‘Design means creative thinking,’ says Marije Vogelzang, artist, product designer, sculptor, party organiser and chef. ‘It doesn’t mean material, or even giving shape to something. Giving shape is the next step in communicating an idea. It’s a tool.’
‘I call myself an eating designer,’ the 31-year-old tells me from her Amsterdam studio/restaurant, explaining why she wants to explore new ways to experience food, from food printed with messages in edible ink, to marshmallow installations and crockery made out of sugar. ‘There are lots of designers who make clothes to wear, cars to drive, houses to live in,’ she says. ‘What is the closest you can get to human beings?’ she asks. ‘Food. I work with food in its purest form. I work from the verb ‘eat’. Harvesting, cooking, sharing, transporting – all these things are more interesting than merely shaping the food.’
Vogelzang doesn’t just design food: she creates narratives to explain why a dish tastes the way it does, where it comes from, who made it, how it was made and why you a re eating it.
‘Every design eventually gets thrown away, but when people eat my food it becomes part of their body,’ she says of her projects, which could be seen as the end result of the evolutionary response of design to the disposable culture of the 21st century. ‘My designs walk around everywhere inside people,’ she reveals. ‘Even when it leaves the body, the design remains in the brain as a memory. I like the idea that my designs are being consumed, and therefore do not add to consumer society in the sense that they’re ephemeral.’
The mix of intelligent design, surreal storytelling and delicious food, matched to Vogelzang’s lively, slightly elfin personality, means that she’s become much sought after. Her clients range from the city of Rotterdam and Hella Jongerius, to the Dutch embassies in Rome and Dakar. BMW and fashion brand Hermès are queueing up, too. Vogelzang has lectured in places from Tokyo to Beirut. In 2009, she published her first book Eat Love (Book Industry Services), lifting the lid on her highly individual, idiosyncratic philosophy. Publication coincided with a series of Eat Love dinners, with dishes such as her ‘edible leaves from the photosynthesis tree’, ‘white dinner’ and ‘desserts in baked clay’.
‘In 2010 we opened Proef, the restaurant, and I travelled a lot for work, which is great, to get inspiration, speak to people from other cultures about food and taste new and exciting flavours,’ she says. ‘And in 2010 I got married!’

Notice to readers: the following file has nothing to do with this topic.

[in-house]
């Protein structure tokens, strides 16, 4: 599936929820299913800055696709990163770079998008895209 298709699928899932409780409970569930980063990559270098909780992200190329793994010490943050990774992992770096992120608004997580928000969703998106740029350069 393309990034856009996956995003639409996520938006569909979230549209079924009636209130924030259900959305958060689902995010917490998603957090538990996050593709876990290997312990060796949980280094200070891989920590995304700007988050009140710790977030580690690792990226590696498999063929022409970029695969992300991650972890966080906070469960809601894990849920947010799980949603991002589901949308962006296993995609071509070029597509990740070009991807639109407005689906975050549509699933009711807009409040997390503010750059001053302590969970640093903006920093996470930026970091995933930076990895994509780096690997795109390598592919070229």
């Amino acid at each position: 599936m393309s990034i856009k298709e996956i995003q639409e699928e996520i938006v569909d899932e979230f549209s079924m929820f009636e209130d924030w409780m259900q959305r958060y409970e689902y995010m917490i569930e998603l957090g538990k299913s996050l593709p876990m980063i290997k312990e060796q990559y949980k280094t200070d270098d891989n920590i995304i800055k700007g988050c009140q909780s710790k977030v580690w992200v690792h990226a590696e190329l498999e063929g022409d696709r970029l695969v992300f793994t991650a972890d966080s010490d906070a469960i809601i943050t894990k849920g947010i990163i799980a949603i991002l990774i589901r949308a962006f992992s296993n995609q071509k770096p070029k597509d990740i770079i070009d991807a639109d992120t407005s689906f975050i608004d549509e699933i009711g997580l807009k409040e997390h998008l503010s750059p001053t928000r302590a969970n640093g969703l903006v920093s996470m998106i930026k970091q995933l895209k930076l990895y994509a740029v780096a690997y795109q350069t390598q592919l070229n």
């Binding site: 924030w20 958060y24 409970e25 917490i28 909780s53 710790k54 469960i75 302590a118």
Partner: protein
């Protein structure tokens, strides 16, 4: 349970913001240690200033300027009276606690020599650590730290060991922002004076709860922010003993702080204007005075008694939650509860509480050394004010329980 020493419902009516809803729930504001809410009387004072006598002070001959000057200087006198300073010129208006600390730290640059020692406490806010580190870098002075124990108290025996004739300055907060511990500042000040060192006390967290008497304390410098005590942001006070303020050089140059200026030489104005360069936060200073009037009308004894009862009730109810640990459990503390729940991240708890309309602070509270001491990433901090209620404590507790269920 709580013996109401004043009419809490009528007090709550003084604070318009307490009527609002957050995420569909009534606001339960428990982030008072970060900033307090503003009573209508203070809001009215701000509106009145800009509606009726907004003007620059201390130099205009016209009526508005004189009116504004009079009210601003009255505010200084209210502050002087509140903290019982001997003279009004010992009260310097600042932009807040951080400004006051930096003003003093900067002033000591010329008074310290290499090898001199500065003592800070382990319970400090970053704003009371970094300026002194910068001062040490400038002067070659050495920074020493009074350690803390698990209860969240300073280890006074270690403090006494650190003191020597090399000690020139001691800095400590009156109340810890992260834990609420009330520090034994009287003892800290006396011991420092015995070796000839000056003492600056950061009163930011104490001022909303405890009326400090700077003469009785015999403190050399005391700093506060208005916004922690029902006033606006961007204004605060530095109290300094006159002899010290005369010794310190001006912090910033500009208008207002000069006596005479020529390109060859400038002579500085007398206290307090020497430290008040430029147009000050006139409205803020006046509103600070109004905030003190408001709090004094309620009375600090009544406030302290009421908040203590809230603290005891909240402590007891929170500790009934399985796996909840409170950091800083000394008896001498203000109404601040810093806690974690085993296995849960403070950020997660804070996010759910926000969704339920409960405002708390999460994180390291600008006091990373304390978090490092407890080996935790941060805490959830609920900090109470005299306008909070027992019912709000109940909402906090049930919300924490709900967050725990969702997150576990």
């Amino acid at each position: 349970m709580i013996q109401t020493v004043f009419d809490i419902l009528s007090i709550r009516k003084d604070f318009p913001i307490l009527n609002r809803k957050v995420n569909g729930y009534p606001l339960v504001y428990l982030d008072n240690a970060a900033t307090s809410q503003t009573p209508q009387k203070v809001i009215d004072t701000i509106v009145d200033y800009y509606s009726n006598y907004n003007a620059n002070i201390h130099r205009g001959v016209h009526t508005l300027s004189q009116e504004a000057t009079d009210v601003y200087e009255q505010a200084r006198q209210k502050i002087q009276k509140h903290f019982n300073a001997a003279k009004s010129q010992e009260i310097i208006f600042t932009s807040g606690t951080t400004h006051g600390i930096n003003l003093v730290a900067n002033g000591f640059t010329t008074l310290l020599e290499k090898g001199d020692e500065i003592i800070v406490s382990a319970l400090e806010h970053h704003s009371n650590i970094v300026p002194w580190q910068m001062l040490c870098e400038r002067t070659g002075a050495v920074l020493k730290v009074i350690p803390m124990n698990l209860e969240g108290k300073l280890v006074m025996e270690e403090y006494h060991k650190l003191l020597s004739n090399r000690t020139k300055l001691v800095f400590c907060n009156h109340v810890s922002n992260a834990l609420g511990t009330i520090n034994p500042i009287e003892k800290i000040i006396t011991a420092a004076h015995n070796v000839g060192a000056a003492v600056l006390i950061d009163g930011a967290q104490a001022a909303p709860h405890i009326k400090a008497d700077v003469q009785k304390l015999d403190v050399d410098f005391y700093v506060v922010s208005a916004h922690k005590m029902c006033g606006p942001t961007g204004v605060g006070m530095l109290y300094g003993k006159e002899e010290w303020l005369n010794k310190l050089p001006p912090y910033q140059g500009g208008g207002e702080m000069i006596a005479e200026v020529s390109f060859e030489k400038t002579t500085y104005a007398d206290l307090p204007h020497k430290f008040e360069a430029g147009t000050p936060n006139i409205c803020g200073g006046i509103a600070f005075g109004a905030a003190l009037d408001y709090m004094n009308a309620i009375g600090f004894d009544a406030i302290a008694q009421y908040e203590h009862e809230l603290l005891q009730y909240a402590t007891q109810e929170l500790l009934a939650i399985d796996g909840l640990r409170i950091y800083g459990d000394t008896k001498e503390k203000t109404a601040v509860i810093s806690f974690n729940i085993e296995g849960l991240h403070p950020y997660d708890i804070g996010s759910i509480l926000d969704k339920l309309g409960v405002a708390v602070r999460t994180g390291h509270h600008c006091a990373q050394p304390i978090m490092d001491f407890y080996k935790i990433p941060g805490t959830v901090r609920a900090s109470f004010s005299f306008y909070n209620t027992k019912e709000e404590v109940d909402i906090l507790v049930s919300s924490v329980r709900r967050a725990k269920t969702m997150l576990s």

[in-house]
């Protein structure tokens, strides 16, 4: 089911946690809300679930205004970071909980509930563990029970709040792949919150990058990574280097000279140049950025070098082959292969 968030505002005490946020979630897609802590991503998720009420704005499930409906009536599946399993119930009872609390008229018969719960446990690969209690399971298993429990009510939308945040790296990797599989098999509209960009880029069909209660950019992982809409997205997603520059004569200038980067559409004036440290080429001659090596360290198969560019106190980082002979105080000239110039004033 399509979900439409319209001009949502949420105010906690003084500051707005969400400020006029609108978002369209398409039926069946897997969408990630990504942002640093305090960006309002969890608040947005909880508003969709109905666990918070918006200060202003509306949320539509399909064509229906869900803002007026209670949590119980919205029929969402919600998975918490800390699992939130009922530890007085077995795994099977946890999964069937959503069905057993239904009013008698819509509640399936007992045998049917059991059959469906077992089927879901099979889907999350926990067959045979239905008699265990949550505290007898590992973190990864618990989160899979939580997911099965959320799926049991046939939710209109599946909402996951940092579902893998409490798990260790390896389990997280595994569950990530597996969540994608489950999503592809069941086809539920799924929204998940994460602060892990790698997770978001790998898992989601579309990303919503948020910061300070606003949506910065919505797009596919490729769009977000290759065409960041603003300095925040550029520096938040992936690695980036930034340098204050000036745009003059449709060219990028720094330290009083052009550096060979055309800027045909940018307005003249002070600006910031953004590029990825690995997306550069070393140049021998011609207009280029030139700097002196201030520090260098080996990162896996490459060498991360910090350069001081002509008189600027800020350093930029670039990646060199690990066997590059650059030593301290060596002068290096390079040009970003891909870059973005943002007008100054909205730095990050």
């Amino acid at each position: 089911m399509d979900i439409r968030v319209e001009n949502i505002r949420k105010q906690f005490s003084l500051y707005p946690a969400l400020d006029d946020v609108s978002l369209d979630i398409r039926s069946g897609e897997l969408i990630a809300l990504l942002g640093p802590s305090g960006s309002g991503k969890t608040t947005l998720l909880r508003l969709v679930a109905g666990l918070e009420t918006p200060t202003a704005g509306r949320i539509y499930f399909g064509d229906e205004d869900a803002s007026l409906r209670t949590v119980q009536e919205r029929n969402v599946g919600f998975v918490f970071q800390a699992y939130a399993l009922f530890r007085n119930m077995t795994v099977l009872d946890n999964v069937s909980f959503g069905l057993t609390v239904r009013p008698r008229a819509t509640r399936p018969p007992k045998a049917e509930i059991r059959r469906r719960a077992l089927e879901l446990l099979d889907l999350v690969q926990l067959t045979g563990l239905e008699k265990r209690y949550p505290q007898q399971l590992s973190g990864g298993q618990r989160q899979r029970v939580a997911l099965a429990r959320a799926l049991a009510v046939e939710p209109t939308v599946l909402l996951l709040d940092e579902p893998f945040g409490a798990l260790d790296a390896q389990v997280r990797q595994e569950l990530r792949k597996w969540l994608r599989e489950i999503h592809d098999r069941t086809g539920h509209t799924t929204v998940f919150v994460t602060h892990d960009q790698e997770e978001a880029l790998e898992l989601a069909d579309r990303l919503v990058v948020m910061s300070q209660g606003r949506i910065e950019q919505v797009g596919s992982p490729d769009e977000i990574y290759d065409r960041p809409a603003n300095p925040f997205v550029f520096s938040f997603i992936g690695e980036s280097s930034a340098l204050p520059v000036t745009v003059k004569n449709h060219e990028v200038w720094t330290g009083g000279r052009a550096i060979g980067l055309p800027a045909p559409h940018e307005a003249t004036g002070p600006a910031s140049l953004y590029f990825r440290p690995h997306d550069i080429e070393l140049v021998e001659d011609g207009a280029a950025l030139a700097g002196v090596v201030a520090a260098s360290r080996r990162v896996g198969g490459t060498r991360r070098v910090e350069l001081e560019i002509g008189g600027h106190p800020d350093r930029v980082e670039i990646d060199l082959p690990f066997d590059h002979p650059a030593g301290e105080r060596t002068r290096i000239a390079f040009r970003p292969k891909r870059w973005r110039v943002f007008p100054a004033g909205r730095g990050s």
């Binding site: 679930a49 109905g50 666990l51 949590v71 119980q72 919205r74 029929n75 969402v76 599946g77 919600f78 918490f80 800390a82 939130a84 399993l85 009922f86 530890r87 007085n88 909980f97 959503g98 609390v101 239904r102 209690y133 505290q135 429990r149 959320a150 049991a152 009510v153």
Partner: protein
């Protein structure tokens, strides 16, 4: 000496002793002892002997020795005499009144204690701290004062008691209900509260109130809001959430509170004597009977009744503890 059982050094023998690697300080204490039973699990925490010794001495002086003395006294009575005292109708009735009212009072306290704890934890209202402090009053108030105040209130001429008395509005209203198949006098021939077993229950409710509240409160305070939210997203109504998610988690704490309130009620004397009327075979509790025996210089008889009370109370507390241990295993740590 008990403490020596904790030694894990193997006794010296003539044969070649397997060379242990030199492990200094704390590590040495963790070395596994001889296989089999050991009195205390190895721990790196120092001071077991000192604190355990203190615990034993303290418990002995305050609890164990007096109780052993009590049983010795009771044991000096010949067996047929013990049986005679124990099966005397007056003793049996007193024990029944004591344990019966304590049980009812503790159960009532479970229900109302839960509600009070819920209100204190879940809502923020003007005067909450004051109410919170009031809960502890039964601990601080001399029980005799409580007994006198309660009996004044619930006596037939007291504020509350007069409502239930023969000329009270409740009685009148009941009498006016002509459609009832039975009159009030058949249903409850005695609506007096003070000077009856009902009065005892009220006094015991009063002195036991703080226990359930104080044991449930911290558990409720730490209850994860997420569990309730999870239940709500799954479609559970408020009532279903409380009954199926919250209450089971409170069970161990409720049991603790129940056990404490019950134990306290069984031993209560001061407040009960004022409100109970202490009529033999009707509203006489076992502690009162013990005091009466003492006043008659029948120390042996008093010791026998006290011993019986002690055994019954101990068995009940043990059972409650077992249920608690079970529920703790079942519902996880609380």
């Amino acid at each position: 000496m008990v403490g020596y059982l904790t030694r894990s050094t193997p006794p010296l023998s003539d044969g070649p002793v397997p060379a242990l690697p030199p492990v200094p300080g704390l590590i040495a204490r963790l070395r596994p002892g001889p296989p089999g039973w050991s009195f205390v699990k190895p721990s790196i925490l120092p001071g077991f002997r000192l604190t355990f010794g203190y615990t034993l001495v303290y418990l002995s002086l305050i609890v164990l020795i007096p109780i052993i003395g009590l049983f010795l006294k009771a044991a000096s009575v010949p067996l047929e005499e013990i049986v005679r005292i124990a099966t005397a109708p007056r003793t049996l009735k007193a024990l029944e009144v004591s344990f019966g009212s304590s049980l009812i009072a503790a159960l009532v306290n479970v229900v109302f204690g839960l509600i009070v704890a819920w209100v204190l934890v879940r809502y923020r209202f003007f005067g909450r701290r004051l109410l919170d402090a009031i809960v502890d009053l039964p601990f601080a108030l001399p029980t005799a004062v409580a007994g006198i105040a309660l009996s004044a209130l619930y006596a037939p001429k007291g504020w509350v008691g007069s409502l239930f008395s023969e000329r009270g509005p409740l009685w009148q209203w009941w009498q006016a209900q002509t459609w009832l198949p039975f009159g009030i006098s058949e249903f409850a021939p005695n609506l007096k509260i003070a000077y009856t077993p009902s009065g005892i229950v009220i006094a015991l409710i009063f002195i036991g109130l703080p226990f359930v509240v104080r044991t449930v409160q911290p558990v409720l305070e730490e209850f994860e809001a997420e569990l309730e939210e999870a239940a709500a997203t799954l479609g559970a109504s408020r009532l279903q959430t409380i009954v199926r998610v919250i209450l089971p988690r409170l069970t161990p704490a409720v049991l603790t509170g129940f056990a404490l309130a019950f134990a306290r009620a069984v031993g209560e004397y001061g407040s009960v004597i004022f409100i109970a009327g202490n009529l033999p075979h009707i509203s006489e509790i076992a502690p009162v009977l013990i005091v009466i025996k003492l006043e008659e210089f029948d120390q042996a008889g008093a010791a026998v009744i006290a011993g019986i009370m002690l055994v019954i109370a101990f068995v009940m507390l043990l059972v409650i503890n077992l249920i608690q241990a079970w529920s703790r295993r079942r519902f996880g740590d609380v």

This year sees Vogelzang shoot a series of television shows. Twenty-four hours ago she was in Taiwan, where she is holding an exhibition in September. There is her consultancy work, too, but Vogelzang’s biggest project in 2011 is her second child, which she is expecting in April. There is an upcoming exhibition about milk in Paris, and she is thinking about adding a breast-feeding performance. ‘Being pregnant is interesting for an eating designer,’ she reflects. ‘Being a part of the essence of life, and having the experience of my own body feeding my child is both inspiring and alienating at the same time.’
Food does not just communicate Vogelzang’s ideas; she also likes to turn perceptions about eating inside out. For a Droog design collective dinner, she built an abstract edible moonscape of yeast-free pizza dough stretching across a series of bowls on an enormous table. As the meal progressed, the dough was softened with servings of stew, so the two could be eaten together. An installation for the launch of a lingerie label involved her placing beribboned hors d’oeuvres on swaying rods to mimic a swarm of butterflies, to tempt the guests.
Performance is key to the way Vogelzang works. In 2007, she used an empty reservoir basin to host a tasting of the Netherlands’ twelve different tap waters. The National Tapwater Tasting of 2007 was a spectacle. Holland’s tap water, rated as some of the purest in the world, was revered like a fine wine right down to its terroir. They even decided on which water suited which dish: ‘Amsterdam tap water goes very well with sprouting greens, but if you want to eat fish fingers, try the Rotterdam.’ The winner was Tilburg, a southern city in Noord-Brabant. ‘I think a lot of visitors came from Tilburg just to vote for the water,’ she says, laughing. ‘It’s not fair, really.’ Noord-Brabant might have been famous for its water, but the point about people taking it for granted was made in Proef’s own idiosyncratic way.
Eating as art
The first Proef restaurant opened in Rotterdam in 2004. It serves food with a conceptual approach. Vogelzang moved to Amsterdam in 2006 and opened a second Proef, a studio where she works on her projects and which she occasionally rents out as a banqueting space. She currently has twenty-five people working for her, including a cook and a business manager. If you visit Proef, you can get involved in her eccentric creations and eat salads whose ingredients are grown in the dark.